Saab Story: From Front-Wheel Drive To The Haldex Cross-Wheel Drive System

I’ve learned to value traction in the pursuit of torque.

(This series covers the author’s attempt to build a ludicrously fast Saab 9-3. The first installment was published on a different site. You can read that by clicking here.)

When I originally purchased my 2008 Saab 9-3 Aero, I was really looking for a Saab 9-3 Turbo X, but I couldn’t find one with a manual transmission. After I thought I broke the Aero (more on this in a bit), I decided to jump on the opportunity of finally owning 1 of 600 9-3 Turbo Xs equipped with a 6-speed manual transmission, making it all the more exclusive.

To clarify, the original plan was to install the Stage 5 package from JZW Tuning on the Aero, in a quest to reach the estimated output of 532 lb-ft of torque. But when the car wouldn’t turn over, I was convinced that my hunger for excess led to me ruining my Saab.

20170912_Work_Saab 9-3 2.8 Spec Clutch

Ultimately, I hadn’t turned the crank pulley enough to realize that the engine wasn’t making a full rotation. If I had checked this properly, I would’ve realized that Spec sent me a twin-disk for the wrong application before I reassembled everything. I received components for an all-wheel drive (AWD) 2.8T V6, instead of a front-wheel drive (FWD) application, with the main difference being that the flywheel needs to be machined down in order to accommodate the 6-speed F40 transmission’s bellhousing, which is more shallow for FWD applications than it is for AWD. Spec offered to machine the flywheel if I sent it in, but by the time this was all figured out, I already owned the Turbo X.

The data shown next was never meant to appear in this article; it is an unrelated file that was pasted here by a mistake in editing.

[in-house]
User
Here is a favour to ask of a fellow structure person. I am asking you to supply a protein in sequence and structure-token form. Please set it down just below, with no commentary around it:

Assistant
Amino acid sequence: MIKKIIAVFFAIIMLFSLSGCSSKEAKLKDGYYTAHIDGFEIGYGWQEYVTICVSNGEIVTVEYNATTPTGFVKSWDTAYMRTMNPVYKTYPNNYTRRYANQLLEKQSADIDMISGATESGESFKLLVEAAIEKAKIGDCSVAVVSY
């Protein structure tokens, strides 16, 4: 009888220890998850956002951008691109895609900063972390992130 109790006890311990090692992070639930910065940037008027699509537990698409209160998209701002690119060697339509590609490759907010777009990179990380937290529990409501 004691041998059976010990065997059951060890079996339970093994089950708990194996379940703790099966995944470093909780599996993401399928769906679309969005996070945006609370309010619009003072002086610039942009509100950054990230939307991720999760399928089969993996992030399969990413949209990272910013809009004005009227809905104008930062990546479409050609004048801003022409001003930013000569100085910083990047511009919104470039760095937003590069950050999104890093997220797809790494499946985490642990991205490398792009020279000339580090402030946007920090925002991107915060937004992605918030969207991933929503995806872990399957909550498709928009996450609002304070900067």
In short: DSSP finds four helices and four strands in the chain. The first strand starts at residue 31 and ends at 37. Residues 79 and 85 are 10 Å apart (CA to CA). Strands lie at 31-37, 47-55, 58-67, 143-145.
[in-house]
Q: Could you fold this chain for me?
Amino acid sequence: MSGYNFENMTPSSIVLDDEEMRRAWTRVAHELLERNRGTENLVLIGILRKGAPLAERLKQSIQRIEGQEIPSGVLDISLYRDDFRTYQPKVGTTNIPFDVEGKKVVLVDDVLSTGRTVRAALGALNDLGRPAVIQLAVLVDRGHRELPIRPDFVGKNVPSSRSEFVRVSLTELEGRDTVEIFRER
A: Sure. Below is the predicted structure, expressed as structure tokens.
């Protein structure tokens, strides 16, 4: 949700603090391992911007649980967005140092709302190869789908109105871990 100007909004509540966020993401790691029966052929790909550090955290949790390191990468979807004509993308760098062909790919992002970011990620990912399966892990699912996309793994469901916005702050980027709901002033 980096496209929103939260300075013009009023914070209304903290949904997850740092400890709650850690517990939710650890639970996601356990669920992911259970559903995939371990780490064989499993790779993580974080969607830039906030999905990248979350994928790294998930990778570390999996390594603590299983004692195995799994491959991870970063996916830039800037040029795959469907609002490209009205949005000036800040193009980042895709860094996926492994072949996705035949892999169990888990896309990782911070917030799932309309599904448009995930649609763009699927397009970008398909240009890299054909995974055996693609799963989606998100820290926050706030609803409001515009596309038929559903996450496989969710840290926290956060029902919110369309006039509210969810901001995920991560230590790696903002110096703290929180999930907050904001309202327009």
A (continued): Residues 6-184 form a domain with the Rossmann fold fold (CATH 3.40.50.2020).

For those who might not be familiar, the all-wheel drive system used on this Saab is a Haldex system dubbed ‘cross-wheel’ drive (XWD). It’s the same sort of system that’s used in various Buick and Cadillac models, and it’s what Audi has implemented with its longitudinal-engine cars, such as the A4 and Q7. These XWD systems have been criticized for tending to understeer more than conventional, rear-wheel biased all-wheel drive systems, but this is really only relevant at the track and not so much during your daily commute.

As such, I’ve decided to enhance the performance of the Turbo X instead of the Aero, and I haven’t yet fully decided the fate of the latter. Given the value of the car, it probably won’t be very lucrative to spend the money on getting it to run and then selling it—but I’m sure I’ll think of something.

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